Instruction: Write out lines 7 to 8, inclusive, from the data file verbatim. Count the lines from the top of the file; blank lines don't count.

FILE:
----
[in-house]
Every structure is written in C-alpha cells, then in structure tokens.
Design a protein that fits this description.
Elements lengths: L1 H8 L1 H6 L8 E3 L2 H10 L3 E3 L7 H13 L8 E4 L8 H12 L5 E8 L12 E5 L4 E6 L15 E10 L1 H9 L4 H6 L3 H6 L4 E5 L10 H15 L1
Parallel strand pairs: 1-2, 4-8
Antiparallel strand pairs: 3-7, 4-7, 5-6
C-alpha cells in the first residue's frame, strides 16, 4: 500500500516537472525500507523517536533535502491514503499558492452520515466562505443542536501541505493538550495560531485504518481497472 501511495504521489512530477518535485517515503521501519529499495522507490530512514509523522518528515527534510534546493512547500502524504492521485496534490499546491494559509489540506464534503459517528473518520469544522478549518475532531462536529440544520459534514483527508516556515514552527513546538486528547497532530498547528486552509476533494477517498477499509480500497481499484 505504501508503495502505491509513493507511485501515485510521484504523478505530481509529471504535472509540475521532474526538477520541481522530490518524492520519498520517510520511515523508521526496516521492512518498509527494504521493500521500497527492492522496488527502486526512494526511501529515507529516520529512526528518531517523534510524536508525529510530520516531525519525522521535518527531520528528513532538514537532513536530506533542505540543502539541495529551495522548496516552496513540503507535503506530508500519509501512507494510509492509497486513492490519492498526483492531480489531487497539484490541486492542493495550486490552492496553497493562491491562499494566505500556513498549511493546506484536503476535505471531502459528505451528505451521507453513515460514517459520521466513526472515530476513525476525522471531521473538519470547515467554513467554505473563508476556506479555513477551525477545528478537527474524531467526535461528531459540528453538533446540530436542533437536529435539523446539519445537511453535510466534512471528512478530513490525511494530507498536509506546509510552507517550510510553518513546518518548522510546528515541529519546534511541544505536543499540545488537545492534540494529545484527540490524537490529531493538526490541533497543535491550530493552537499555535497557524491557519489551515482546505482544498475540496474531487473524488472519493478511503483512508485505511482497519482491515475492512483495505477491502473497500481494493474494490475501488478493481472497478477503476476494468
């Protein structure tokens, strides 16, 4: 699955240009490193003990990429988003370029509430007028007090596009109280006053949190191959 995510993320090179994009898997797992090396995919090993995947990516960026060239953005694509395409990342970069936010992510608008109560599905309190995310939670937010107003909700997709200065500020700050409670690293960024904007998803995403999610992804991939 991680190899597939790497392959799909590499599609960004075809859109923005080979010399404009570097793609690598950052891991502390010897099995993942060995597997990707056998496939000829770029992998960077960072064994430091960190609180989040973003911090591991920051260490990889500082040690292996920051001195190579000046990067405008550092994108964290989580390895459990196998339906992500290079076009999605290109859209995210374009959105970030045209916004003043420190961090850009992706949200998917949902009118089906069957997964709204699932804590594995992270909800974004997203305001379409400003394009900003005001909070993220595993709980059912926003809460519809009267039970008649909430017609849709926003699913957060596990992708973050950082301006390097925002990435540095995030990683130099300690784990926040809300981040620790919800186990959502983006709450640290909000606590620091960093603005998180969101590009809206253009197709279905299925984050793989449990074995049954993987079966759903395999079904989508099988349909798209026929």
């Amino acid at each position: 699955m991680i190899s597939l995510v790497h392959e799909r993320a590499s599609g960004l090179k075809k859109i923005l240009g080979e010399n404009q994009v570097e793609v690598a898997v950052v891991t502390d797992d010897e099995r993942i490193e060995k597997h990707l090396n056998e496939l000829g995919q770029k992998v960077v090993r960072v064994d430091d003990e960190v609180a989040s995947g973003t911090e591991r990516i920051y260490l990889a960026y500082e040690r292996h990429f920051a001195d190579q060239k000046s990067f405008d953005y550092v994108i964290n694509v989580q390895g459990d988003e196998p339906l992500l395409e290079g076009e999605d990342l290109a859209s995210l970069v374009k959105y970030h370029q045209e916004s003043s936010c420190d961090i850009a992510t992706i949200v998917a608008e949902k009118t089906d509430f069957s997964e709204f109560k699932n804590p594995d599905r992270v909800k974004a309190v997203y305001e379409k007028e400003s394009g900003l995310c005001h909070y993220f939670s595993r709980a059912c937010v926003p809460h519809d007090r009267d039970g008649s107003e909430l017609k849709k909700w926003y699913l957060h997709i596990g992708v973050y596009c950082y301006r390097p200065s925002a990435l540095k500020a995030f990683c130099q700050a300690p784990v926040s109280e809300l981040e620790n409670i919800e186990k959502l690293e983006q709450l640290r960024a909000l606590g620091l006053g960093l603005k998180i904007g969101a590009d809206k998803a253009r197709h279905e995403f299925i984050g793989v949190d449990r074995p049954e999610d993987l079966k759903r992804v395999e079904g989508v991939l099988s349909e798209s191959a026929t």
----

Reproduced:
C-alpha cells in the first residue's frame, strides 16, 4: 500500500516537472525500507523517536533535502491514503499558492452520515466562505443542536501541505493538550495560531485504518481497472 501511495504521489512530477518535485517515503521501519529499495522507490530512514509523522518528515527534510534546493512547500502524504492521485496534490499546491494559509489540506464534503459517528473518520469544522478549518475532531462536529440544520459534514483527508516556515514552527513546538486528547497532530498547528486552509476533494477517498477499509480500497481499484 505504501508503495502505491509513493507511485501515485510521484504523478505530481509529471504535472509540475521532474526538477520541481522530490518524492520519498520517510520511515523508521526496516521492512518498509527494504521493500521500497527492492522496488527502486526512494526511501529515507529516520529512526528518531517523534510524536508525529510530520516531525519525522521535518527531520528528513532538514537532513536530506533542505540543502539541495529551495522548496516552496513540503507535503506530508500519509501512507494510509492509497486513492490519492498526483492531480489531487497539484490541486492542493495550486490552492496553497493562491491562499494566505500556513498549511493546506484536503476535505471531502459528505451528505451521507453513515460514517459520521466513526472515530476513525476525522471531521473538519470547515467554513467554505473563508476556506479555513477551525477545528478537527474524531467526535461528531459540528453538533446540530436542533437536529435539523446539519445537511453535510466534512471528512478530513490525511494530507498536509506546509510552507517550510510553518513546518518548522510546528515541529519546534511541544505536543499540545488537545492534540494529545484527540490524537490529531493538526490541533497543535491550530493552537499555535497557524491557519489551515482546505482544498475540496474531487473524488472519493478511503483512508485505511482497519482491515475492512483495505477491502473497500481494493474494490475501488478493481472497478477503476476494468
């Protein structure tokens, strides 16, 4: 699955240009490193003990990429988003370029509430007028007090596009109280006053949190191959 995510993320090179994009898997797992090396995919090993995947990516960026060239953005694509395409990342970069936010992510608008109560599905309190995310939670937010107003909700997709200065500020700050409670690293960024904007998803995403999610992804991939 991680190899597939790497392959799909590499599609960004075809859109923005080979010399404009570097793609690598950052891991502390010897099995993942060995597997990707056998496939000829770029992998960077960072064994430091960190609180989040973003911090591991920051260490990889500082040690292996920051001195190579000046990067405008550092994108964290989580390895459990196998339906992500290079076009999605290109859209995210374009959105970030045209916004003043420190961090850009992706949200998917949902009118089906069957997964709204699932804590594995992270909800974004997203305001379409400003394009900003005001909070993220595993709980059912926003809460519809009267039970008649909430017609849709926003699913957060596990992708973050950082301006390097925002990435540095995030990683130099300690784990926040809300981040620790919800186990959502983006709450640290909000606590620091960093603005998180969101590009809206253009197709279905299925984050793989449990074995049954993987079966759903395999079904989508099988349909798209026929």